We have demonstrated unequivocally that genetic loci other than the ORF of Prnp can have a major effect on prion disease incubation time in mice and, furthermore, have identified eight QTL on three chromosomes that explain 82% of the variance. Although refining the regions of linkage identified in this study and characterizing relevant polymorphisms will still require considerable work, this study provides hope that we may also be able to identify human alleles that predispose to a shorter incubation time for BSE in humans.

Previous reports suggested a QTL for incubation time on chromosome 17 within the H2 locus of the major histocompatibility complex, although this was not replicated by others or identified in our cross (18, 34). However, challenge with different prion strains by different routes of inoculation and in other strains of mice may result in the segregation of alternative susceptibility genes. Recently, a much smaller study, which looked at only 153 F2 animals from an SJL/J and CAST/Ei intercross, identified loci on chromosomes 9 and 11 (35). The chromosome 9 locus was not identified in our cross, suggesting that this may be an SJL/J-specific effect. The chromosome 11 locus falls within the broad region of linkage described here, which is consistent with the suggestion that mouse chromosome 11 contains multiple QTL.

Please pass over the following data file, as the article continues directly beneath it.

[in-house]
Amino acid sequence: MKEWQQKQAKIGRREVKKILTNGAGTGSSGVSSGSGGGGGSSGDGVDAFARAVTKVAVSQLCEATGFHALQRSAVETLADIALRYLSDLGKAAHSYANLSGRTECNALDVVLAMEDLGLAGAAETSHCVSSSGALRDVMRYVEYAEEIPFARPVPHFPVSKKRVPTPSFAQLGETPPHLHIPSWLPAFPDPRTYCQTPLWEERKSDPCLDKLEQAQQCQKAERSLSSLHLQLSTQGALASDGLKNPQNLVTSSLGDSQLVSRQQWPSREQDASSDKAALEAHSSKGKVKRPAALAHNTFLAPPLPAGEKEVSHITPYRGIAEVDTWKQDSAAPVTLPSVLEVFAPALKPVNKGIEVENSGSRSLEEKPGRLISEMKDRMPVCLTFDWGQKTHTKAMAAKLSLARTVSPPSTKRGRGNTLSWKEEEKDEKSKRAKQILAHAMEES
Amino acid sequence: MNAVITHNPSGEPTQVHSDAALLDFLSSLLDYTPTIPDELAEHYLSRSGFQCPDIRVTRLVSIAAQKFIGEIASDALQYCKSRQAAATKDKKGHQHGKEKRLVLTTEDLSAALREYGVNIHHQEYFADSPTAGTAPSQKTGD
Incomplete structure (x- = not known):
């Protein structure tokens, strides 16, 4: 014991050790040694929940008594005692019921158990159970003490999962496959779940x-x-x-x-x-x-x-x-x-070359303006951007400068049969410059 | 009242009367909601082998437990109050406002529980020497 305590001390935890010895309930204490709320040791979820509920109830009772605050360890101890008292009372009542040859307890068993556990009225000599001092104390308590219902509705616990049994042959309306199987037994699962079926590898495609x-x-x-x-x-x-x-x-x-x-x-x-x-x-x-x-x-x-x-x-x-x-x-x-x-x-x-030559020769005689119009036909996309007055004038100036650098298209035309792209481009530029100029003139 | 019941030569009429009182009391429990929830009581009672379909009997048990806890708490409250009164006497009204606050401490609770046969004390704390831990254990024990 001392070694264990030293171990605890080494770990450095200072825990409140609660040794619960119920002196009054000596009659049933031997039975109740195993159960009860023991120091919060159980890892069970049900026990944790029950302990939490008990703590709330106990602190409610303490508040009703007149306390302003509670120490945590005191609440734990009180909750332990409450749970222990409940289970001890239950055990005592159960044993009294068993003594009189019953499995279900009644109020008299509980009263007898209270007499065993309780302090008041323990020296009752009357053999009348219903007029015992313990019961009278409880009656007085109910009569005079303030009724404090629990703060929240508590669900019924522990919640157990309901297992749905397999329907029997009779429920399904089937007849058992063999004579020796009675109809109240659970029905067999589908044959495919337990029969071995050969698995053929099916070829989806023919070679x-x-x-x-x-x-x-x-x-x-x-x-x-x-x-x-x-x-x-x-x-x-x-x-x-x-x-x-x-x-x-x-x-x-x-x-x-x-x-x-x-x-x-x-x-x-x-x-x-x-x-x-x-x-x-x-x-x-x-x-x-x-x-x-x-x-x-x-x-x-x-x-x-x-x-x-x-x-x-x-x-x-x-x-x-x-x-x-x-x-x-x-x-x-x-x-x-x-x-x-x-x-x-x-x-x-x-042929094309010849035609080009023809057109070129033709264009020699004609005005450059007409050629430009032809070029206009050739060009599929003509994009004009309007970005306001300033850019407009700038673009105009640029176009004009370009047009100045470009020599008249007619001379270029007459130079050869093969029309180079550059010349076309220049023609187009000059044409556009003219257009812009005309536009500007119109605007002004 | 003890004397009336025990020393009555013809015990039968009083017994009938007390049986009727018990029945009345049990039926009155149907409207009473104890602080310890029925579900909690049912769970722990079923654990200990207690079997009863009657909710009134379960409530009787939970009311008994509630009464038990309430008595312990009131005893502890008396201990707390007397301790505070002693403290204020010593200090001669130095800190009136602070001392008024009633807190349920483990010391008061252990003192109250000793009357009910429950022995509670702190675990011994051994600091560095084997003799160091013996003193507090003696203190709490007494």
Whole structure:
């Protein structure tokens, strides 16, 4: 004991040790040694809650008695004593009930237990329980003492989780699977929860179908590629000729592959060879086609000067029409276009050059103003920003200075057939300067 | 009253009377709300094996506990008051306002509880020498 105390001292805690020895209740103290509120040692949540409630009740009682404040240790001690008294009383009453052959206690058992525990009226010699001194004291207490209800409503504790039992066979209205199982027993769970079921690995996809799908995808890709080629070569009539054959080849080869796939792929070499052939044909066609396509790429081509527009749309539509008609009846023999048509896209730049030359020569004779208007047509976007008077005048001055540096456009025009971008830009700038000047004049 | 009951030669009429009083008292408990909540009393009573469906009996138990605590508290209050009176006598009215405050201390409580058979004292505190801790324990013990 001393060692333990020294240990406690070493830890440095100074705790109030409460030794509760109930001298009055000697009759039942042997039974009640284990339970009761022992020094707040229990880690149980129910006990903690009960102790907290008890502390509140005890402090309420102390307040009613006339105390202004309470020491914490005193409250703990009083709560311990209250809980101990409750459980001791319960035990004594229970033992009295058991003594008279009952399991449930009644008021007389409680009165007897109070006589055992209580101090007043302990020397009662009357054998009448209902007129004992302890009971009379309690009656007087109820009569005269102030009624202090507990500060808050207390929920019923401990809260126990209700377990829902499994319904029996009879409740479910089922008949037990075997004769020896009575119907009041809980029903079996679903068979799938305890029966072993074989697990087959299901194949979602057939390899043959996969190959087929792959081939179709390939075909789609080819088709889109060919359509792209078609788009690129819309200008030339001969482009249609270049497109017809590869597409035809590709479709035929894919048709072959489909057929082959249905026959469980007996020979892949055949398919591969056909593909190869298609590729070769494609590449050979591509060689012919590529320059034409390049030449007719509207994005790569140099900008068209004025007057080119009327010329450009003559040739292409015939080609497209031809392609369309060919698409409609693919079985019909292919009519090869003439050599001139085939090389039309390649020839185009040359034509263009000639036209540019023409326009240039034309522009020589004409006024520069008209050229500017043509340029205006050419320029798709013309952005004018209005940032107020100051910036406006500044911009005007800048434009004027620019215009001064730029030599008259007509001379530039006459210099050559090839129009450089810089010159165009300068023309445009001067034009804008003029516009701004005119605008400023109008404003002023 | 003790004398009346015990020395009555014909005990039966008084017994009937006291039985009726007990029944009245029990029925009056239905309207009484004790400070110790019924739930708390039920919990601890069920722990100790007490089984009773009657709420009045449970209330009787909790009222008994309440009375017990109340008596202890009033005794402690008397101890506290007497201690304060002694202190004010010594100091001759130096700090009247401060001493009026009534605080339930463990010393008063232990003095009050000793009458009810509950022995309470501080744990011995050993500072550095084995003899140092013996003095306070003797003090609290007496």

The identification of QTL for prion disease incubation time cast doubt on the validity of the genetic models used in current epidemiological studies, which may result in overly optimistic predictions of the size of the vCJD epidemic (36). These models assume that only methionine homozygous individuals are susceptible to vCJD. This in itself appears unlikely because the other acquired human prion diseases, iatrogenic CJD and kuru, occur in all codon 129 genotypes as the epidemic evolves, with codon 129 heterozygotes having the longest mean incubation periods (3739). By definition, the patients identified to date with vCJD are those with the shortest incubation periods for BSE. These in turn, given that no unusual history of dietary, occupational, or other exposure to BSE has been identified, would be expected to be predominantly those individuals with short incubation time alleles at these multiple genetic loci in addition to having the codon 129 methionine homozygous PRNP genotype (38). The vCJD cases reported to date may, therefore, represent a distinct genetic subpopulation with unusually short incubation periods to BSE prions. Collectively, the effect on susceptibility and incubation time of the loci mapped could be more significant than that exerted by the PRNP locus itself. It should also be considered that variation of prion incubation periods between inbred mouse lines is even greater when considering transmission from one mammalian species to another (for instance with BSE transmission to mice). Here, additional genes involved in the species barrier itself would also be relevant. Because the frequencies of such genetic polymorphisms, alone or in combination, are unknown, this severely limits the utility of epidemiological predictions based only on these early vCJD patients.